HAMILTON MERCHANTS IN 1868-69
Narrator: Irving Harper, 72, of Hamilton, Missouri
Irving Harper was born 1861 in Illinois, the son of Joseph W. Harper and Frances Allen. His father came to Hamilton prospecting in December 1867 and arranged to buy a livery stable. In April 1868, the whole family came. They stayed at the Western Hotel (George M. Goodman owner) until Mr. Harper built a home. He had bought land to the west of town, a mile out. Property which is still in the family belonging to Mr. and Mrs. Frank Hooker (Minnie Harper).
Mr. Harper went into the livery business with Wm. Goodman of the Hotel. The barn was back of the Hotel and faced on the alley (now running back of the McLean Hotel). Livery barns did a rushing business and they kept fifteen to twenty horses for hire and two or three drivers and hostlers. His rival in business was Weldon who had his barn on Main, occupying the space from the present Baker Drug store to the Post office. The Weldon barn was the stage stop for state coaches from Lexington to Gallatin, a thing which had already stopped before Mr. Harper came. In the early seventies Weldon sold to the Paxton Brothers who kept it till the 1875 fire. The Paxtons later had a site two blocks up north and still later on the present Tiffin Building site. Henry Thornton opened up his livery barn about 1870 on the site of the Mrs. Carrie Thornton homes.
There were many gaps then in the various business sections of Hamilton. The Goodman block embracing the Western Hotel and a grocery stood where the Whitman building is now. Right north of it was Phil Covington's restaurant, a mere shack and on its north was another Shack - the first location for John Minger's restaurant, but he soon moved into a similar shack on the east side right opposite. At the north end of the block was the Rohrbough store. That finished that block in 1868. On the opposite block to the east - was the Kemper store, the Ervin Drug Store, Reed's Dry Goods, William Drug Store, Goldberg the Jew (not long), Minger, Weldon's livery. North of this block was the "Brick Bank" which Cochran had just sold to J.F. Spratt his son-in-law who soon took in R.B. Houston as partner.
On the block opposite stood McAdoo Drug Store, the Harper Furniture and Higgins lumber yard; across to the north was Reddie Lumber yard and further north the Morton Brothers in Hardware and Tin shop.
South of the track, Main Street was beginning also to build up. At the north east corner (site of First Bank) was the office of Squire A.D. Davis, facing north. Then came a long space; at the south east corner was the Witwer Wagon yard. On the opposite side by the tracks was an elevator owned by George Lamson and Charlie Goodnow. Then came a grocery store lately owned by Spratt who sold it I.J.C. Guy. There were several frames along there which changed hands so often that they defied remembrance but in one of them on the upper story Professor Hill had a school, and above another the Congregational people had church after they had left the Wilmot home until the old brown church was built.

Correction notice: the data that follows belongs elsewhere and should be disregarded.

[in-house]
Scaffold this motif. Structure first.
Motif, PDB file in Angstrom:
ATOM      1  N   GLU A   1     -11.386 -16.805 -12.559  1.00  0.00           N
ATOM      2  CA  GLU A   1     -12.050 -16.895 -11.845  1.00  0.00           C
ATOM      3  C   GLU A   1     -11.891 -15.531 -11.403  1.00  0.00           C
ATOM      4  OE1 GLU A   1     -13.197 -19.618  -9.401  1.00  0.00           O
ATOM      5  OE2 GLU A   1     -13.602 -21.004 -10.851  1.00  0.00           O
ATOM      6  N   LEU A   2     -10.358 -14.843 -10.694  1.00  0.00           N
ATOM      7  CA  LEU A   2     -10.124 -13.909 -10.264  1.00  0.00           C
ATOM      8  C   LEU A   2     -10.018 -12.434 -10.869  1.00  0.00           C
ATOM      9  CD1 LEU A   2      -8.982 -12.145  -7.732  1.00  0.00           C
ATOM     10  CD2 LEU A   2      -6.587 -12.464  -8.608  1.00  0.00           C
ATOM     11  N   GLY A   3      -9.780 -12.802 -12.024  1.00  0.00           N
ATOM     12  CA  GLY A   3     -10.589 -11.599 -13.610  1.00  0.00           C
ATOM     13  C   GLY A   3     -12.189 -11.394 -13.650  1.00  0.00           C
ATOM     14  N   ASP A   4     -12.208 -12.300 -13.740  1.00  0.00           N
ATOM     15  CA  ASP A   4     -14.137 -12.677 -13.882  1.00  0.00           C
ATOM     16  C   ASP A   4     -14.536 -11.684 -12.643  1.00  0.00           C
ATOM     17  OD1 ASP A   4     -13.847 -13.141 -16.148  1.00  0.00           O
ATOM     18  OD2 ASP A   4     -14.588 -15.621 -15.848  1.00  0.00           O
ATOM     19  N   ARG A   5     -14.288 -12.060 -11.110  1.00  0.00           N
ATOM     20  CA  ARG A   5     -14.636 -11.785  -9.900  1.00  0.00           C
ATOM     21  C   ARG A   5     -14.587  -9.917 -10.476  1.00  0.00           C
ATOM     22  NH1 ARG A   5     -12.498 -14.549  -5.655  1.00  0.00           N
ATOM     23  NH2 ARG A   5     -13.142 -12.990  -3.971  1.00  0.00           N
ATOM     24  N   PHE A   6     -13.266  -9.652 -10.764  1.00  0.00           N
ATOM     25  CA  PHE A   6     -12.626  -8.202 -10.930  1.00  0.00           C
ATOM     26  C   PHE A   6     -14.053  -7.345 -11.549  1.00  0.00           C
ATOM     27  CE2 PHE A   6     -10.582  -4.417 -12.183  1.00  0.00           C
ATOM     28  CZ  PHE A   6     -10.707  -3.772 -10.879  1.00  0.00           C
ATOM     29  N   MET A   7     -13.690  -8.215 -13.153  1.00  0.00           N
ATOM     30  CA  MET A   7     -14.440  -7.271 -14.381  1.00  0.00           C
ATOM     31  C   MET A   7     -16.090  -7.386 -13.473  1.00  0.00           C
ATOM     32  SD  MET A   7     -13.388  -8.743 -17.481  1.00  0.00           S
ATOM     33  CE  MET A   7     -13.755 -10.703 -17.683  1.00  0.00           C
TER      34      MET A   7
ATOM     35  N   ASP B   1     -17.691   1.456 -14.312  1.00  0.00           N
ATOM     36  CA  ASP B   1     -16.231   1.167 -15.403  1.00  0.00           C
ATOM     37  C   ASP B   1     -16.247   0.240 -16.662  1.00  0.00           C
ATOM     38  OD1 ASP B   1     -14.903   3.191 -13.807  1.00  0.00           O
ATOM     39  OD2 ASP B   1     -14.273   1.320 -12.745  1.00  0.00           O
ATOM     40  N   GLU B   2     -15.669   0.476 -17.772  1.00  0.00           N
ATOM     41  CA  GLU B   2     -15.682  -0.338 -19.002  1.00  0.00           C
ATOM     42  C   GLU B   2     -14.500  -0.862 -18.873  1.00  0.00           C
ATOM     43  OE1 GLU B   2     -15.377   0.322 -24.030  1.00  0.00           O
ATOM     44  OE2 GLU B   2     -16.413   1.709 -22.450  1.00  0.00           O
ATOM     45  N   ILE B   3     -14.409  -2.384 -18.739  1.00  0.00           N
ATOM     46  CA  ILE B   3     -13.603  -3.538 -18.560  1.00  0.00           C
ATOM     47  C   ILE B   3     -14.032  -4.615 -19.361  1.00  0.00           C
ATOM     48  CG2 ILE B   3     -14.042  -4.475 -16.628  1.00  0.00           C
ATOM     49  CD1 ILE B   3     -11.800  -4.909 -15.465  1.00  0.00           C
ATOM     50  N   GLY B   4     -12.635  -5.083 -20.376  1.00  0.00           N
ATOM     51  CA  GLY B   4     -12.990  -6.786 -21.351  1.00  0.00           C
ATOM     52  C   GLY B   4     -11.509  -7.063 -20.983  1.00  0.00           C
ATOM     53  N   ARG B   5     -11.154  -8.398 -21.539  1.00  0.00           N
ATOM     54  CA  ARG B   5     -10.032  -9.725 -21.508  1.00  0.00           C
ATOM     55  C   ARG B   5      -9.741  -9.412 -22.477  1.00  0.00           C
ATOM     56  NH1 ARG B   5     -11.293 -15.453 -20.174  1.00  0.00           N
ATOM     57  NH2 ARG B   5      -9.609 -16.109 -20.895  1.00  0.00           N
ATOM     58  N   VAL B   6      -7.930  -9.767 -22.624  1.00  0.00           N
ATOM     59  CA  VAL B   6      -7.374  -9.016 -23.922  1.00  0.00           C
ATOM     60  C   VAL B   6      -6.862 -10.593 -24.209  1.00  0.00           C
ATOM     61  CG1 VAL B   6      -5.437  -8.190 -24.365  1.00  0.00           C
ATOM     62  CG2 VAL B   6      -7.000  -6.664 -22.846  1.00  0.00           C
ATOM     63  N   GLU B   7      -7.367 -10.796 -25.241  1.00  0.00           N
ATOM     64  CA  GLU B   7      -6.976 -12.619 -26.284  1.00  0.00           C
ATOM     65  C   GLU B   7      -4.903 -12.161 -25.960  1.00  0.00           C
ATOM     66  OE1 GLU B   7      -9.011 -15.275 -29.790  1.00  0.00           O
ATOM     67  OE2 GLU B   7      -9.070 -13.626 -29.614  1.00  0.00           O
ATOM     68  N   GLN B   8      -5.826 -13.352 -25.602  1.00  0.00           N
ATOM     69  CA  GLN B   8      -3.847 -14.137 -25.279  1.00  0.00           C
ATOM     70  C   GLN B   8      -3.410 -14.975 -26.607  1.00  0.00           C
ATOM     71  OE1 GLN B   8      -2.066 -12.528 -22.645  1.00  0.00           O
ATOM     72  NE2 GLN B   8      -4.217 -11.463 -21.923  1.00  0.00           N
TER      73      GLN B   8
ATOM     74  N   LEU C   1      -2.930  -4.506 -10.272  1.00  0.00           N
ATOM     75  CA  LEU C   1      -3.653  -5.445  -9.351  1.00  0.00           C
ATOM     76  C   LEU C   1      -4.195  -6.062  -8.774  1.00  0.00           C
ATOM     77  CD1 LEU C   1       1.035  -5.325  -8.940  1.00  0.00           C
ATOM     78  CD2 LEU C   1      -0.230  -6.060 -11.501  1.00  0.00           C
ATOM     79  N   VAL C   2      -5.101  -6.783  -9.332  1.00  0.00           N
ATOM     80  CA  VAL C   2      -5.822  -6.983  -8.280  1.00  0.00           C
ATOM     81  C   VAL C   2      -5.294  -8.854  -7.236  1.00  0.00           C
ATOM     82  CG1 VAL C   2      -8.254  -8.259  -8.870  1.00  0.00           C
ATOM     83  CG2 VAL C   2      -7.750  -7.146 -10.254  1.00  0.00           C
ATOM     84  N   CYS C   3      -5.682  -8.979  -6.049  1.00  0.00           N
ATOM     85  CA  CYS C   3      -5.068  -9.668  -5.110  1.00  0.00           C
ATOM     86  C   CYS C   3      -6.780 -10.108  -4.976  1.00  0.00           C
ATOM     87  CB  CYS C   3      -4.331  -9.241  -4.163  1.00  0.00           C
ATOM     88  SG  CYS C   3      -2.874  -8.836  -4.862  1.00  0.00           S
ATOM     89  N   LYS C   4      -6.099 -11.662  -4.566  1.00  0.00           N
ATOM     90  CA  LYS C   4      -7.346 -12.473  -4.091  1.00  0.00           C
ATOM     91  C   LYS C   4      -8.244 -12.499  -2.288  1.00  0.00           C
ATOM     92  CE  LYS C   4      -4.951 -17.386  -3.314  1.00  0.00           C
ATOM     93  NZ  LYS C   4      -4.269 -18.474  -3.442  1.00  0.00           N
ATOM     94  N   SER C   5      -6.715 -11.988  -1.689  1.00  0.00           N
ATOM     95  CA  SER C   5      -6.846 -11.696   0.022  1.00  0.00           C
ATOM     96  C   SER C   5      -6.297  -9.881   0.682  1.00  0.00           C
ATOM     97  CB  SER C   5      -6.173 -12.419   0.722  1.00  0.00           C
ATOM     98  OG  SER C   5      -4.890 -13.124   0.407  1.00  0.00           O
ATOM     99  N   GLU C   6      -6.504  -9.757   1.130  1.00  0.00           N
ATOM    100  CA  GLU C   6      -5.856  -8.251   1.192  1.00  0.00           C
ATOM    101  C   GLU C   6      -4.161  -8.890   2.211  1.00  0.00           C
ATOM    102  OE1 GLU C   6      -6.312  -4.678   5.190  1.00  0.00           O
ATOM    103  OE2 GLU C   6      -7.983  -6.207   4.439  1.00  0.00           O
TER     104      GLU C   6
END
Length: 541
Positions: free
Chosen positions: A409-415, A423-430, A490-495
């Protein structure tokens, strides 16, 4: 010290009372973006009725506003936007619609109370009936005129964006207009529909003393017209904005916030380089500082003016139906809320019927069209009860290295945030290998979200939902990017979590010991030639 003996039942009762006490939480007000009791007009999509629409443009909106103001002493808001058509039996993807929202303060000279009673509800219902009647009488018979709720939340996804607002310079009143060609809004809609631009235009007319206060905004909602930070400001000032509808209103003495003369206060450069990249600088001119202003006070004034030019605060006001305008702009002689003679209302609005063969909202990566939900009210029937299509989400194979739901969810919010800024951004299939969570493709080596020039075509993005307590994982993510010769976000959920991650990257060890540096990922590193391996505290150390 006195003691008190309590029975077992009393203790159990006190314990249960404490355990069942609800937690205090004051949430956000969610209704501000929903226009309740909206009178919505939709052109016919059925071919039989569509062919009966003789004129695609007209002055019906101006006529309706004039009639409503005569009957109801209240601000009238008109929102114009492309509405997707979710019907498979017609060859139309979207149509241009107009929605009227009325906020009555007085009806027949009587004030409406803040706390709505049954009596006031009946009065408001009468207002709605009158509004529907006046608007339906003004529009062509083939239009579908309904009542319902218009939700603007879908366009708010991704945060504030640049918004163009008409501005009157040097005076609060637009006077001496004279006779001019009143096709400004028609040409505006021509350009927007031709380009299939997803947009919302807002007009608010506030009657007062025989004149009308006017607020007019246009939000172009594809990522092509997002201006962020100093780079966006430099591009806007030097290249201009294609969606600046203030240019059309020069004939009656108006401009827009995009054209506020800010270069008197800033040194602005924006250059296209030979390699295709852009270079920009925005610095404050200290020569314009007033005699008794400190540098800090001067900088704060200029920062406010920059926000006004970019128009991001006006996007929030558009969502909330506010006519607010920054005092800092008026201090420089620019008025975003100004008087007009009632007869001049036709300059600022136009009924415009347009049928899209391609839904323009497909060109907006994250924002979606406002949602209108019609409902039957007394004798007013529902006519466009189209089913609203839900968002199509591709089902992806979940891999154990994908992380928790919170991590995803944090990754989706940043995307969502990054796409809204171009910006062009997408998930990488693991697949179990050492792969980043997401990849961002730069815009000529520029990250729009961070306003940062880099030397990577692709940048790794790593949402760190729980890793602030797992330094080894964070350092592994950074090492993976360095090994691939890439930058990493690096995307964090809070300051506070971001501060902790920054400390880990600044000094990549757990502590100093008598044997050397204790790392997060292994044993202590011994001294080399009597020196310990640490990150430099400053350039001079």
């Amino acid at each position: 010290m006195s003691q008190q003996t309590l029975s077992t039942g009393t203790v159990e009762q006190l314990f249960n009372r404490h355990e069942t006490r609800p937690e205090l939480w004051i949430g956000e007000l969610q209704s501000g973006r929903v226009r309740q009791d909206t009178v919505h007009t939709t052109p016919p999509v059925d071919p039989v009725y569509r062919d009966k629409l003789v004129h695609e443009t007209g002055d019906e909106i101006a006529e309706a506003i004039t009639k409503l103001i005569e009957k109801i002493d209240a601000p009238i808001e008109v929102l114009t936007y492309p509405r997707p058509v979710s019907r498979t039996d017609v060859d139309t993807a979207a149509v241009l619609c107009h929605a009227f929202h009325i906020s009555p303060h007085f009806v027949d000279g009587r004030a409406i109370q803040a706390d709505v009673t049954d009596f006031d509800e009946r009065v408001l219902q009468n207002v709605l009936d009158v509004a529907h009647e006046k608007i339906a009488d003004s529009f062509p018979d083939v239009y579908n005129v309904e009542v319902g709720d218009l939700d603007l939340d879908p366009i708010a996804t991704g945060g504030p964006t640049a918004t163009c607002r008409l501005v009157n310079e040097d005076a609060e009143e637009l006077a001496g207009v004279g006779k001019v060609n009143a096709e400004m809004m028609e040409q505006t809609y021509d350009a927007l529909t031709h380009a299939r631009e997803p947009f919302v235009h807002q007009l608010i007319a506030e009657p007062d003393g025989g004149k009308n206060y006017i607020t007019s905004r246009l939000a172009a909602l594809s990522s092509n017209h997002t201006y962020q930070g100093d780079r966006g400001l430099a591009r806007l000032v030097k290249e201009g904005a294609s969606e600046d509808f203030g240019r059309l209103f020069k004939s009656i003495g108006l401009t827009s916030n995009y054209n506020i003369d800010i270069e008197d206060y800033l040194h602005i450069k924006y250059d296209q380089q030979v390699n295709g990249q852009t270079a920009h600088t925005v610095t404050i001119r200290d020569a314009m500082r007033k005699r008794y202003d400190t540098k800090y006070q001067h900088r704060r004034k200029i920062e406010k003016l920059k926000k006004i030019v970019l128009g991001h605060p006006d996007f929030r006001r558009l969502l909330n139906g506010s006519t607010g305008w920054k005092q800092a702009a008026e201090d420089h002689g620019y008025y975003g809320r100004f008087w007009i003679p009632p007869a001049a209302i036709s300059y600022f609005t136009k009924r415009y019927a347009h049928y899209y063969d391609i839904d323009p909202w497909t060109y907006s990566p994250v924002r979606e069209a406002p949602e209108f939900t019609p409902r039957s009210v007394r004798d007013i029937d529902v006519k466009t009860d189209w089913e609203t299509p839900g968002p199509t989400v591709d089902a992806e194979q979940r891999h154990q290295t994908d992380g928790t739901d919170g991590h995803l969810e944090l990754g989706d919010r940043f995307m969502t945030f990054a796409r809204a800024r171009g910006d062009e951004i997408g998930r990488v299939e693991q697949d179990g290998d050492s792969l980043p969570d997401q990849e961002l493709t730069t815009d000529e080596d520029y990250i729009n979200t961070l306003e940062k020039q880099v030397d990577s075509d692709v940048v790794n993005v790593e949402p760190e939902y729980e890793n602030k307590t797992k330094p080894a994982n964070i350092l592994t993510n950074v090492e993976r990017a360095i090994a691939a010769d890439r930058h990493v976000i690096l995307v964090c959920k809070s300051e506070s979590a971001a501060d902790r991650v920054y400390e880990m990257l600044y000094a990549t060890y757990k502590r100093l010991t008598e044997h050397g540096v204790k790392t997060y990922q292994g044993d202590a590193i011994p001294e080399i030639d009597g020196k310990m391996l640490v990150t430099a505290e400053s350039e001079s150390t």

Broadway was quite a business section too. Mrs. Dodge (later Mrs. Dwight) had a Millinery shop (on site of Hawks Filling Station) in her home while her husband Austin Dodge had a blacksmith shop about where the Parker grocery stands, just across from the home. Goodman and Lamson had a lumber yard on the present site of Ralph White house which Chandler ran for them. Further north on Broadway a little west of the present library was a Shack where O.O. Brown began his store and home. He was soon to build two good store rooms to the south, one of which the brick stands yet belonging to Mr. and Mrs. Lee Souders. At the library corner was the small Millinery Shop of the Clark Sisters. North of the tracks on Broadway was the old corner store in 1869 belonging to one of the Brosius boys. Going on north to the corner opposite the present Deems home was a small frame - the old Green Stage office, used for different uses.
Back of the depot to the north, was the original Main Street, already in 1869 losing its prestige. Next to the Brosius corner store to the east was the little Richardson store and Post Office and several of the earlier buildings to the east. Here was Manuel's Saloon. Another Saloon was on the Broadway right of way belonging to Dave Buster.
Directly south of the depot and standing on a high ridge on the present location of the library was the Hamilton House with an extensive front porch and a long flight of steps leading to the depot.
Even on Kingston Street, there was business. Bennett Whitely had a little general store on the south east corner opposite the park in the building often called the Baptist Chapel those days. This building was soon to have a windmill attachment for the Shellbarger mill and also to house some of the grades of the Hamilton School. It ended its existence as a barn.
Interviewed July 1934.
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